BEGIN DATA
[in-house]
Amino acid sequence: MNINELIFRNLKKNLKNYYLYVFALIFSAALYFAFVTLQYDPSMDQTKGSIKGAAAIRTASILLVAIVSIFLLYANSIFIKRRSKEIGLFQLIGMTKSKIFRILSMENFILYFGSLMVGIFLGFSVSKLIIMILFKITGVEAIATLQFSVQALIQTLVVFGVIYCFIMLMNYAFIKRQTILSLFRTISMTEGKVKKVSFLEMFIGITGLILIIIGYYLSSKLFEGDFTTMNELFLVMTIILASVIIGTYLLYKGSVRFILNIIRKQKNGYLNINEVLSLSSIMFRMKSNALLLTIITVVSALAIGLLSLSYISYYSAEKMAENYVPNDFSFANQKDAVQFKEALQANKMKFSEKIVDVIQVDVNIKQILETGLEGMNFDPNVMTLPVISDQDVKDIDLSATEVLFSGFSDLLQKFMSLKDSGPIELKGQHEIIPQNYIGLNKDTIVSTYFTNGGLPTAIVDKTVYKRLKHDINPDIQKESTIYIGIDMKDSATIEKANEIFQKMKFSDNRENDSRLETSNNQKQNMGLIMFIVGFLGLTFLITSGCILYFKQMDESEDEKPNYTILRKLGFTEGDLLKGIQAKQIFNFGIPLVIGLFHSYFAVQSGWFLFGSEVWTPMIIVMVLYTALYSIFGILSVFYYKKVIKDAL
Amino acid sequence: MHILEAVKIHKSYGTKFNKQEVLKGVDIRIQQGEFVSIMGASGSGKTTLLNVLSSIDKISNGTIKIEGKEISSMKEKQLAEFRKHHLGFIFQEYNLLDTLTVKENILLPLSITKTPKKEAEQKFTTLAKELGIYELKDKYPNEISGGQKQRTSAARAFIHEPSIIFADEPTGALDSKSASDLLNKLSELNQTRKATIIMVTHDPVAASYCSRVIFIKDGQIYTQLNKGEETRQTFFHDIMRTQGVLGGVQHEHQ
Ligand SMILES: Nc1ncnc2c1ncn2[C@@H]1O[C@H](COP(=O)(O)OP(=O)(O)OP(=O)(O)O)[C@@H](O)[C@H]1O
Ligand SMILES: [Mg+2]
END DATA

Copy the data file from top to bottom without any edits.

[in-house]
Amino acid sequence: MNINELIFRNLKKNLKNYYLYVFALIFSAALYFAFVTLQYDPSMDQTKGSIKGAAAIRTASILLVAIVSIFLLYANSIFIKRRSKEIGLFQLIGMTKSKIFRILSMENFILYFGSLMVGIFLGFSVSKLIIMILFKITGVEAIATLQFSVQALIQTLVVFGVIYCFIMLMNYAFIKRQTILSLFRTISMTEGKVKKVSFLEMFIGITGLILIIIGYYLSSKLFEGDFTTMNELFLVMTIILASVIIGTYLLYKGSVRFILNIIRKQKNGYLNINEVLSLSSIMFRMKSNALLLTIITVVSALAIGLLSLSYISYYSAEKMAENYVPNDFSFANQKDAVQFKEALQANKMKFSEKIVDVIQVDVNIKQILETGLEGMNFDPNVMTLPVISDQDVKDIDLSATEVLFSGFSDLLQKFMSLKDSGPIELKGQHEIIPQNYIGLNKDTIVSTYFTNGGLPTAIVDKTVYKRLKHDINPDIQKESTIYIGIDMKDSATIEKANEIFQKMKFSDNRENDSRLETSNNQKQNMGLIMFIVGFLGLTFLITSGCILYFKQMDESEDEKPNYTILRKLGFTEGDLLKGIQAKQIFNFGIPLVIGLFHSYFAVQSGWFLFGSEVWTPMIIVMVLYTALYSIFGILSVFYYKKVIKDAL
Amino acid sequence: MHILEAVKIHKSYGTKFNKQEVLKGVDIRIQQGEFVSIMGASGSGKTTLLNVLSSIDKISNGTIKIEGKEISSMKEKQLAEFRKHHLGFIFQEYNLLDTLTVKENILLPLSITKTPKKEAEQKFTTLAKELGIYELKDKYPNEISGGQKQRTSAARAFIHEPSIIFADEPTGALDSKSASDLLNKLSELNQTRKATIIMVTHDPVAASYCSRVIFIKDGQIYTQLNKGEETRQTFFHDIMRTQGVLGGVQHEHQ
Ligand SMILES: Nc1ncnc2c1ncn2[C@@H]1O[C@H](COP(=O)(O)OP(=O)(O)OP(=O)(O)O)[C@@H](O)[C@H]1O
Ligand SMILES: [Mg+2]